Great options for young dogs! A look at entry-level hunt test programs.
A great way to stay active through the summer is by joining a local dog club, and a great place to start looking would be with one of the "testing organizations" where you'll find help at all levels and a bunch of folks with similar interests, whether it be the AKC, UKC or a NAVHDA (North American Versatile Hunting Dog Association) chapter.
Hoping I have your interest, let's take a look at the "entry level" testing options.
At first glance entry-level tests with titles like Natural Ability, Junior, or Started may seem so easy some folks question their value. But I think if we take the time to really find out what's going on we may discover these tests all present some challenges and real advantages.
Tests exist across most sporting dog segments and are designed to evaluate/score dogs against standards where the dog passes or fails based on its individual performance, rather than competing against each other in field trials where there can only be one winner, one runner-up, etc.
All test systems have multiple levels with increasingly difficult requirements, but entry-level tests are basically designed to evaluate the genetic potential of younger dogs. They do this by looking at inherited characteristics like desire, cooperative nature, strong pointing instinct in pointing breeds, retrieving instinct, mental stability, and in some cases coat and conformation as a functional attribute.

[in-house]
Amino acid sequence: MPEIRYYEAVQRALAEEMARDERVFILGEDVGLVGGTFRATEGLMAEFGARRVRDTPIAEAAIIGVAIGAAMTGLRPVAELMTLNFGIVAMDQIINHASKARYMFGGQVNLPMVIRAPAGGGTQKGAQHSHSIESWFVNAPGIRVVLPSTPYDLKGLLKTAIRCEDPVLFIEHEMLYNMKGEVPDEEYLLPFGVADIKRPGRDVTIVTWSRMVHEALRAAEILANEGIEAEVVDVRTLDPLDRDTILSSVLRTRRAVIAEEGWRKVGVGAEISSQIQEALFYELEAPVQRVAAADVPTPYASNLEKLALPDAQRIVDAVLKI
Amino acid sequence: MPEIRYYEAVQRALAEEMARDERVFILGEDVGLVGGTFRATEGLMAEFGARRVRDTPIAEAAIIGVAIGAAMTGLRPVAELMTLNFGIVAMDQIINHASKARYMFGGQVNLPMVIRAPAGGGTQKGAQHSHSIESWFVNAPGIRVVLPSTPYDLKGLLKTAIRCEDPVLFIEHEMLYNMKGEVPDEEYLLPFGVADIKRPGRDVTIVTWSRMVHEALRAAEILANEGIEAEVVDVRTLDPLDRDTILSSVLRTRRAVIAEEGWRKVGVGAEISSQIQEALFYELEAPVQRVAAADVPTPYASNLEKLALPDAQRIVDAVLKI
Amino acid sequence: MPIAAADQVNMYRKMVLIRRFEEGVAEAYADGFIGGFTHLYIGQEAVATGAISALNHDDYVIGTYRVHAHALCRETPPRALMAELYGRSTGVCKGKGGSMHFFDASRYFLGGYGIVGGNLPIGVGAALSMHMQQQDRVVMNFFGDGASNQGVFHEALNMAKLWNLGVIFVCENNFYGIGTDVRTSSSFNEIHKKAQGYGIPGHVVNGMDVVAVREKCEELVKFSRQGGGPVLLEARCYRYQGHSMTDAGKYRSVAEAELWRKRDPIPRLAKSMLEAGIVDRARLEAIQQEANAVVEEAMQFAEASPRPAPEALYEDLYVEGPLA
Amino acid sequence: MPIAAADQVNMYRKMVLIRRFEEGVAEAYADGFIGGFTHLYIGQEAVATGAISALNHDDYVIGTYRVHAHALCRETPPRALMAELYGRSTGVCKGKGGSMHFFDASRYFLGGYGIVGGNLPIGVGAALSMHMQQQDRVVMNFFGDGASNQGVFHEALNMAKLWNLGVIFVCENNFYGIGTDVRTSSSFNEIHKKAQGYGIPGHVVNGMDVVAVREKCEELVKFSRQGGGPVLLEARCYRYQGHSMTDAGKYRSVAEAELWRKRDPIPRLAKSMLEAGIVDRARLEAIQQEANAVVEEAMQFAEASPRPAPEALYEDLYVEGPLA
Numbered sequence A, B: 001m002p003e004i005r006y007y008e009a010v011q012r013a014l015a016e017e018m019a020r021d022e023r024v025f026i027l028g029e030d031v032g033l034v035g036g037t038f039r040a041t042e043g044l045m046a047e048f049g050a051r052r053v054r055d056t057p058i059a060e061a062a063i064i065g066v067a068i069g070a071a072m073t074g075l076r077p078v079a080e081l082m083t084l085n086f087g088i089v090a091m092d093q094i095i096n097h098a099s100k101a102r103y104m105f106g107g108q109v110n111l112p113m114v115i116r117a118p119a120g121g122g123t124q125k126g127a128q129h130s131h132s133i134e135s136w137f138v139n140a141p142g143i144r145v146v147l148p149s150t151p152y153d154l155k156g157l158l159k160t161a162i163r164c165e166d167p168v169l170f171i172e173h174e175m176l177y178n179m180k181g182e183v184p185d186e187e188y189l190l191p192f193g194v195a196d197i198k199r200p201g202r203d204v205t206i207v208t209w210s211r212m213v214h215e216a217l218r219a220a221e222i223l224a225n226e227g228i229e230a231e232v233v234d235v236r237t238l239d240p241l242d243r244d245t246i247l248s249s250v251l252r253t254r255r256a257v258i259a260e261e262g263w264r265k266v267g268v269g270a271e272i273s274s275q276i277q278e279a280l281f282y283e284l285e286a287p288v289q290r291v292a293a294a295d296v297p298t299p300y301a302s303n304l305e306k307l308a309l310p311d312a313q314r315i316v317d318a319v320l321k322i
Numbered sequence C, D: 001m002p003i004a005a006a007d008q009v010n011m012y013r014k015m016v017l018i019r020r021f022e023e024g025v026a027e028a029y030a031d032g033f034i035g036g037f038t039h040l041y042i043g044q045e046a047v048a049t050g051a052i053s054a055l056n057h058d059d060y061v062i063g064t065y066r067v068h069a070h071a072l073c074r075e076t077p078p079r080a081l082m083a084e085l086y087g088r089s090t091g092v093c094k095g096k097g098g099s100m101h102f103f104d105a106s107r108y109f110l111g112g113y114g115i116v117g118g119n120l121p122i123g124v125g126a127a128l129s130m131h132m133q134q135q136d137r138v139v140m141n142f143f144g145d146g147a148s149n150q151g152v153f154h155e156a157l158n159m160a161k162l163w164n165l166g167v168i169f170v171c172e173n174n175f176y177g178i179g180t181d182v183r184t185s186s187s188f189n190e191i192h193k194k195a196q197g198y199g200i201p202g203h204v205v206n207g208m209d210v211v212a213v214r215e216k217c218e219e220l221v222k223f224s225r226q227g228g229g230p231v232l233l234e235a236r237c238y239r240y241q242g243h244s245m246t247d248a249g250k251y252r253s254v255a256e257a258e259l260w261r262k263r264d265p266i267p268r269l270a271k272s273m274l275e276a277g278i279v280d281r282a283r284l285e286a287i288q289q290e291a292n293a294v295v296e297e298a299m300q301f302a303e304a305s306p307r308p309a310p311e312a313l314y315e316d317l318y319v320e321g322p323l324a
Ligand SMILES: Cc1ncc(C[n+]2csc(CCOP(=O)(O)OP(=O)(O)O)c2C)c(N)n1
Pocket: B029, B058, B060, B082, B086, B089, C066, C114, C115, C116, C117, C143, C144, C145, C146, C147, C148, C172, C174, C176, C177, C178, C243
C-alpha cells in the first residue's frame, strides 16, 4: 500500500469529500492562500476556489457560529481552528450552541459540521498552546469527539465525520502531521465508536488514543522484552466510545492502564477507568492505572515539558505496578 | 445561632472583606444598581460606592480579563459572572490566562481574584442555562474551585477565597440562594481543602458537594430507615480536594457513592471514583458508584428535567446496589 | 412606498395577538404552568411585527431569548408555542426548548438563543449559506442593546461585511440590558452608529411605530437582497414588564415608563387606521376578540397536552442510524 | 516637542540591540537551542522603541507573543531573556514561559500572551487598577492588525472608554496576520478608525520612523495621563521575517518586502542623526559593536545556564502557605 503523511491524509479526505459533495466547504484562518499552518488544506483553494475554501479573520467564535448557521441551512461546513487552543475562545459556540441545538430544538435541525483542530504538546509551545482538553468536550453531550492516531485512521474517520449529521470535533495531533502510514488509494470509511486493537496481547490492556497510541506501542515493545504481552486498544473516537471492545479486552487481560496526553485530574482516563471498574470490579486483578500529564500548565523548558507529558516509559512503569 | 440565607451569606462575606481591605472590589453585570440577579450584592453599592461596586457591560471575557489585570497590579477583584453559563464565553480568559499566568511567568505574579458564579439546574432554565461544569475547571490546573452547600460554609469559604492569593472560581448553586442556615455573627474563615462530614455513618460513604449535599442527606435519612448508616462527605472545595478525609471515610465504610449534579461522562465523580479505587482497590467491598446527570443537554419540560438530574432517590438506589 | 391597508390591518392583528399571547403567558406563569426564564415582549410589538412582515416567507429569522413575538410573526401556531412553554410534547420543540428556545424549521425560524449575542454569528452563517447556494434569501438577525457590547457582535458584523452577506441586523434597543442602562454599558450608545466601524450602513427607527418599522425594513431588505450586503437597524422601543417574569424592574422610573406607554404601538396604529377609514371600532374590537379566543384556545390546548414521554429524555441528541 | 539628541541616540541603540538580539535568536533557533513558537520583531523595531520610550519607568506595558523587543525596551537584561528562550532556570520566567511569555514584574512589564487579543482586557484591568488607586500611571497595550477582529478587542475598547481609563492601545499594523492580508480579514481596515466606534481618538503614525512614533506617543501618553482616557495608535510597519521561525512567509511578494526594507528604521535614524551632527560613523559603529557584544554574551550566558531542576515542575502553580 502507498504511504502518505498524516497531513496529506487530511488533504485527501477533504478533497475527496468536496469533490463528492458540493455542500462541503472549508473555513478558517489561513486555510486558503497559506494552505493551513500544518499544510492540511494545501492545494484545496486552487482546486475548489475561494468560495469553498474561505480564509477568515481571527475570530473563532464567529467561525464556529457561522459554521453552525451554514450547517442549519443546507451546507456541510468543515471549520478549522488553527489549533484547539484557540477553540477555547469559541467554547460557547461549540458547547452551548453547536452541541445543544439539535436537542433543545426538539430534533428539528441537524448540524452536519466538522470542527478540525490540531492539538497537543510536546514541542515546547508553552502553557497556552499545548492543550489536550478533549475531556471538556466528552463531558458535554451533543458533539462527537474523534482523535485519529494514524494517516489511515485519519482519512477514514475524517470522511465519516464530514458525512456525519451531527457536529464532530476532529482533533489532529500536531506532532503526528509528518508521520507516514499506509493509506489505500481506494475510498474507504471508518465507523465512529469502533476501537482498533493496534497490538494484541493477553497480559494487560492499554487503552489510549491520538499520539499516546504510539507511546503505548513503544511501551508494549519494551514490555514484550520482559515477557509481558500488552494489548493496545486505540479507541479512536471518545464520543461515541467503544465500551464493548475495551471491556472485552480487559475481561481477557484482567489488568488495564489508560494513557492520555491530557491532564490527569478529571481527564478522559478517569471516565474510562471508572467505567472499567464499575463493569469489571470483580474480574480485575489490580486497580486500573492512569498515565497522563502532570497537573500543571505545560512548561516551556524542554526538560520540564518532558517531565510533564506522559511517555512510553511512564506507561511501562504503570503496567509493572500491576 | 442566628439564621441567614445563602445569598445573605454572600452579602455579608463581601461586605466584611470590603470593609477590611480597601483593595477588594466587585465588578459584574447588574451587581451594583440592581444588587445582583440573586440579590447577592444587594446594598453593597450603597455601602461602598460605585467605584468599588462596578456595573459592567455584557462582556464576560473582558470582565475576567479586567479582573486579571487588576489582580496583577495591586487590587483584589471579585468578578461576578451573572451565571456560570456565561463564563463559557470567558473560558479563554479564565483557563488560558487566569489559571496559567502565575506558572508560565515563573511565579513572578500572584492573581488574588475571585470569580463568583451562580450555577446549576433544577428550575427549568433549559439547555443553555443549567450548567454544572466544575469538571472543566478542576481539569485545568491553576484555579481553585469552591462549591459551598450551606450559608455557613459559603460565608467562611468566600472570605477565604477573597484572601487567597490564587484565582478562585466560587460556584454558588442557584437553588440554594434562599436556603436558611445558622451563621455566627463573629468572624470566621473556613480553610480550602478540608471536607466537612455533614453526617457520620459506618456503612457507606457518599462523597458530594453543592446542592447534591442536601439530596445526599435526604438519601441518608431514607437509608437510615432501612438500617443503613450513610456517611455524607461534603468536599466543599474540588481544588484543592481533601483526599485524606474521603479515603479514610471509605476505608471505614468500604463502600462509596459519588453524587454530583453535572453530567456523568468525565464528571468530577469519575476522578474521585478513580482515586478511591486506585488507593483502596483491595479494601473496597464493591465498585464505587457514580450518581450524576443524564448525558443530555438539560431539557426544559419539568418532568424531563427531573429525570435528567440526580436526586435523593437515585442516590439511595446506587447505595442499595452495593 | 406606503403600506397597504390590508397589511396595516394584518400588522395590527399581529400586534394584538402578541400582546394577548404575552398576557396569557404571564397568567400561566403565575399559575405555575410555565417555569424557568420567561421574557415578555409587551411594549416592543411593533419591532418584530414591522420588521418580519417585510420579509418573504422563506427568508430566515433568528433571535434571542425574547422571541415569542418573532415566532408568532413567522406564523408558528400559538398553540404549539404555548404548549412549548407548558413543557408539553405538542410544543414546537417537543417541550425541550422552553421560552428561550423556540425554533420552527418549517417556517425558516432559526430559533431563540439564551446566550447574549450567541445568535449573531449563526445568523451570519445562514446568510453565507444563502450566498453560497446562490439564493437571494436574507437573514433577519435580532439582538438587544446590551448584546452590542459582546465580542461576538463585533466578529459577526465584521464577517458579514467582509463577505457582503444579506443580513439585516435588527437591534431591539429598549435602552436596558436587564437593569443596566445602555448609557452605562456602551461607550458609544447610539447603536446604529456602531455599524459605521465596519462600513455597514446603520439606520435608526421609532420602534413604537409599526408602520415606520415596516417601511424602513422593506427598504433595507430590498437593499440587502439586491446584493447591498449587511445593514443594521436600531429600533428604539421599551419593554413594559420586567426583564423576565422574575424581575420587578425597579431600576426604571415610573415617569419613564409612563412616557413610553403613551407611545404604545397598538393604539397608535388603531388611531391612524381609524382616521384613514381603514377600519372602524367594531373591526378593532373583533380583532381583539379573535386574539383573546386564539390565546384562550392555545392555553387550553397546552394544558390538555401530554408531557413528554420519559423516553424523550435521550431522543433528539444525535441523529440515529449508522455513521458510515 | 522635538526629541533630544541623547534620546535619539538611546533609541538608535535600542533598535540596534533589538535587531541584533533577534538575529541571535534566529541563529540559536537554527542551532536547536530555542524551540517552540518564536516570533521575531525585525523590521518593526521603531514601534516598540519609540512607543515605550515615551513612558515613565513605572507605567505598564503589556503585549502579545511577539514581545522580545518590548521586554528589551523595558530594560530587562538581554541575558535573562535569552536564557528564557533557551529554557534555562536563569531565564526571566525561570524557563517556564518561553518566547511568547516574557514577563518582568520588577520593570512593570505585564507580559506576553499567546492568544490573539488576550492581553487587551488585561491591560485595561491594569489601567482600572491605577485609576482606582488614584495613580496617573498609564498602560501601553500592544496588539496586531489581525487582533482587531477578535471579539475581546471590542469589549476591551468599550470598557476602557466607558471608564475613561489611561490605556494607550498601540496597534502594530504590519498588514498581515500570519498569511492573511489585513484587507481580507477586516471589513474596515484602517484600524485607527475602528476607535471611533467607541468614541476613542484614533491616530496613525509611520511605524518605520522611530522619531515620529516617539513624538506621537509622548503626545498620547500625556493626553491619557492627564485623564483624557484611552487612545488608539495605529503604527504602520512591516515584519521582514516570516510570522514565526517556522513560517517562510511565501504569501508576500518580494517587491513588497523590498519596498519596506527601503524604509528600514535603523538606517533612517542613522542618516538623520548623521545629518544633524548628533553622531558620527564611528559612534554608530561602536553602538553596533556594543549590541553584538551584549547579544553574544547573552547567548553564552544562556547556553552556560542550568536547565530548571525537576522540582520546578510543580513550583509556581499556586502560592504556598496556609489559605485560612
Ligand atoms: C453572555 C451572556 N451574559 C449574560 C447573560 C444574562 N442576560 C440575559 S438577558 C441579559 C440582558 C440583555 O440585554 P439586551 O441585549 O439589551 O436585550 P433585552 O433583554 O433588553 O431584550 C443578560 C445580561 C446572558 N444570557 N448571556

Complicated training and strict obedience are not required at this level but will play a critical role as we move to the higher testing levels.
* WHAT VALUE? "Natural Ability" is the name chosen by the North American Versatile Hunting Dog Association to identify their test for pups up to 16 months.
"Junior" is used throughout the American Kennel Club (AKC) Hunt Test system to identify their entry-level tests (with no age limit) for pointing breeds, spaniels and retrievers.
"Started" is the term used by the Hunting Retriever Club (HRC), whose members conduct hunt tests under the auspices of the United Kennel Club Registry, to identify their beginning level.
Let me share some thoughts on the value of entry-level tests along with a "heads-up" or two.
Most importantly, these tests evaluate individual dogs by presenting real field scenarios, giving judges the opportunity to observe and compare each dog's performance with test standards emphasizing inherited characteristics with less emphasis on training.
Don't misunderstand, however. Emphasis on inherited traits doesn't mean that preparation in the form of positive exposure to birds, cover, guns, etc., along with basic training, is not key to success. But the deal is, you can't "teach" desire or the drive needed to persist under adverse conditions to be successful at hunting.
Yes, you can reward and nurture or reinforce, but if a dog is lazy you're stuck with lazy. The same with prey drive (or lack of it), and what about intelligent and discriminating use of nose, pointing instinct in pointing breeds, or marking ability in retrievers? These are the attributes primarily evaluated in entry-level tests.